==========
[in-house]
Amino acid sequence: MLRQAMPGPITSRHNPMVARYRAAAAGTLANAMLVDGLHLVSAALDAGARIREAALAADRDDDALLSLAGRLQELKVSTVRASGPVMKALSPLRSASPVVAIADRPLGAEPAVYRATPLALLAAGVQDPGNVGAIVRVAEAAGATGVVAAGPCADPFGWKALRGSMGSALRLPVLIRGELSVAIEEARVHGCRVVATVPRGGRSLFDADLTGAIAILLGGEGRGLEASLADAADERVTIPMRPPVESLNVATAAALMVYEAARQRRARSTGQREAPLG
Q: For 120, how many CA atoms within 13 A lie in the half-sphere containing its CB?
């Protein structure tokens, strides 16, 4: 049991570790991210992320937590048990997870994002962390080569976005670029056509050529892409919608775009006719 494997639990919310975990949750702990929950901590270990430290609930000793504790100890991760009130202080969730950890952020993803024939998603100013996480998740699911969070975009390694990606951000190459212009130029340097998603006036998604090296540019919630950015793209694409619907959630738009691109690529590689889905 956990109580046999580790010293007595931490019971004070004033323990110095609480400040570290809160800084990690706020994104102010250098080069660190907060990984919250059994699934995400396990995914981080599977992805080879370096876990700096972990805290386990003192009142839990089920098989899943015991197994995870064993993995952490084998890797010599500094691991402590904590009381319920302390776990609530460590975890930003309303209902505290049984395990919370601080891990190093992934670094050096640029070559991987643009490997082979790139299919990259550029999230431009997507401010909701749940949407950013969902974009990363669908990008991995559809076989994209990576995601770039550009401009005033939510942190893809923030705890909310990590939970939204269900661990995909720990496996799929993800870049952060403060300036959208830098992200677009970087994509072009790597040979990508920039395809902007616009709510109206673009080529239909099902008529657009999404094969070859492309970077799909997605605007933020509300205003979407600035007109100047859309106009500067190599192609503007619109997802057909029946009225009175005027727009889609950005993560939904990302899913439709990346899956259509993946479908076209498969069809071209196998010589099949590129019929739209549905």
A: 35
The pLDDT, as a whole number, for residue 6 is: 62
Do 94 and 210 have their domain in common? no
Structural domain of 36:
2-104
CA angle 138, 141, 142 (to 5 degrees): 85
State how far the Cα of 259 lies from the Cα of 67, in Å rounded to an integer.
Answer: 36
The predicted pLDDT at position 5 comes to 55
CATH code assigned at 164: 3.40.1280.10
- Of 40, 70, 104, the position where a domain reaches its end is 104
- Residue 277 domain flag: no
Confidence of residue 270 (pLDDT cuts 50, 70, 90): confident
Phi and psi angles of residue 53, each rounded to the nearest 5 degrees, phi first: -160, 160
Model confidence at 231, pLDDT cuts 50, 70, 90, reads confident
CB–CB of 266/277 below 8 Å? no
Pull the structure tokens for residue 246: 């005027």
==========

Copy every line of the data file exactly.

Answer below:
[in-house]
Amino acid sequence: MLRQAMPGPITSRHNPMVARYRAAAAGTLANAMLVDGLHLVSAALDAGARIREAALAADRDDDALLSLAGRLQELKVSTVRASGPVMKALSPLRSASPVVAIADRPLGAEPAVYRATPLALLAAGVQDPGNVGAIVRVAEAAGATGVVAAGPCADPFGWKALRGSMGSALRLPVLIRGELSVAIEEARVHGCRVVATVPRGGRSLFDADLTGAIAILLGGEGRGLEASLADAADERVTIPMRPPVESLNVATAAALMVYEAARQRRARSTGQREAPLG
Q: For 120, how many CA atoms within 13 A lie in the half-sphere containing its CB?
């Protein structure tokens, strides 16, 4: 049991570790991210992320937590048990997870994002962390080569976005670029056509050529892409919608775009006719 494997639990919310975990949750702990929950901590270990430290609930000793504790100890991760009130202080969730950890952020993803024939998603100013996480998740699911969070975009390694990606951000190459212009130029340097998603006036998604090296540019919630950015793209694409619907959630738009691109690529590689889905 956990109580046999580790010293007595931490019971004070004033323990110095609480400040570290809160800084990690706020994104102010250098080069660190907060990984919250059994699934995400396990995914981080599977992805080879370096876990700096972990805290386990003192009142839990089920098989899943015991197994995870064993993995952490084998890797010599500094691991402590904590009381319920302390776990609530460590975890930003309303209902505290049984395990919370601080891990190093992934670094050096640029070559991987643009490997082979790139299919990259550029999230431009997507401010909701749940949407950013969902974009990363669908990008991995559809076989994209990576995601770039550009401009005033939510942190893809923030705890909310990590939970939204269900661990995909720990496996799929993800870049952060403060300036959208830098992200677009970087994509072009790597040979990508920039395809902007616009709510109206673009080529239909099902008529657009999404094969070859492309970077799909997605605007933020509300205003979407600035007109100047859309106009500067190599192609503007619109997802057909029946009225009175005027727009889609950005993560939904990302899913439709990346899956259509993946479908076209498969069809071209196998010589099949590129019929739209549905």
A: 35
The pLDDT, as a whole number, for residue 6 is: 62
Do 94 and 210 have their domain in common? no
Structural domain of 36:
2-104
CA angle 138, 141, 142 (to 5 degrees): 85
State how far the Cα of 259 lies from the Cα of 67, in Å rounded to an integer.
Answer: 36
The predicted pLDDT at position 5 comes to 55
CATH code assigned at 164: 3.40.1280.10
- Of 40, 70, 104, the position where a domain reaches its end is 104
- Residue 277 domain flag: no
Confidence of residue 270 (pLDDT cuts 50, 70, 90): confident
Phi and psi angles of residue 53, each rounded to the nearest 5 degrees, phi first: -160, 160
Model confidence at 231, pLDDT cuts 50, 70, 90, reads confident
CB–CB of 266/277 below 8 Å? no
Pull the structure tokens for residue 246: 């005027």